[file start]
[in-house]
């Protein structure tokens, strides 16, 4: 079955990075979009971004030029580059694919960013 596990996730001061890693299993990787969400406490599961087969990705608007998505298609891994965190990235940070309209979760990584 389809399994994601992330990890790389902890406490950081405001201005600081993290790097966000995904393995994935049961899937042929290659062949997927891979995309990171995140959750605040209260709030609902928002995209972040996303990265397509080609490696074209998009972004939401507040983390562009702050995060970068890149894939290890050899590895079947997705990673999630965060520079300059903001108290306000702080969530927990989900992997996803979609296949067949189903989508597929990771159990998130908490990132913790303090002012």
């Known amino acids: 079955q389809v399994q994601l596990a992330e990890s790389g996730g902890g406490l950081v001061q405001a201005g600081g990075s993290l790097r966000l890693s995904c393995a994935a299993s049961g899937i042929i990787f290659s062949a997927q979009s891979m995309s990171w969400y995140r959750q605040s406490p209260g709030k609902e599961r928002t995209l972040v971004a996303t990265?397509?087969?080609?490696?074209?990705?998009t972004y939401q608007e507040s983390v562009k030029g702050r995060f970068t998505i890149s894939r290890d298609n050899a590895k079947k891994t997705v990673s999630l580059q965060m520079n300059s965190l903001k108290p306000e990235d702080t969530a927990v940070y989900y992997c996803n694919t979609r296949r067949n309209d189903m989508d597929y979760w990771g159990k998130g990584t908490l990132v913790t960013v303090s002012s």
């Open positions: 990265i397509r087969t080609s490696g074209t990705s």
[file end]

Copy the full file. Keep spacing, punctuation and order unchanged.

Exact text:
[in-house]
């Protein structure tokens, strides 16, 4: 079955990075979009971004030029580059694919960013 596990996730001061890693299993990787969400406490599961087969990705608007998505298609891994965190990235940070309209979760990584 389809399994994601992330990890790389902890406490950081405001201005600081993290790097966000995904393995994935049961899937042929290659062949997927891979995309990171995140959750605040209260709030609902928002995209972040996303990265397509080609490696074209998009972004939401507040983390562009702050995060970068890149894939290890050899590895079947997705990673999630965060520079300059903001108290306000702080969530927990989900992997996803979609296949067949189903989508597929990771159990998130908490990132913790303090002012």
């Known amino acids: 079955q389809v399994q994601l596990a992330e990890s790389g996730g902890g406490l950081v001061q405001a201005g600081g990075s993290l790097r966000l890693s995904c393995a994935a299993s049961g899937i042929i990787f290659s062949a997927q979009s891979m995309s990171w969400y995140r959750q605040s406490p209260g709030k609902e599961r928002t995209l972040v971004a996303t990265?397509?087969?080609?490696?074209?990705?998009t972004y939401q608007e507040s983390v562009k030029g702050r995060f970068t998505i890149s894939r290890d298609n050899a590895k079947k891994t997705v990673s999630l580059q965060m520079n300059s965190l903001k108290p306000e990235d702080t969530a927990v940070y989900y992997c996803n694919t979609r296949r067949n309209d189903m989508d597929y979760w990771g159990k998130g990584t908490l990132v913790t960013v303090s002012s």
């Open positions: 990265i397509r087969t080609s490696g074209t990705s």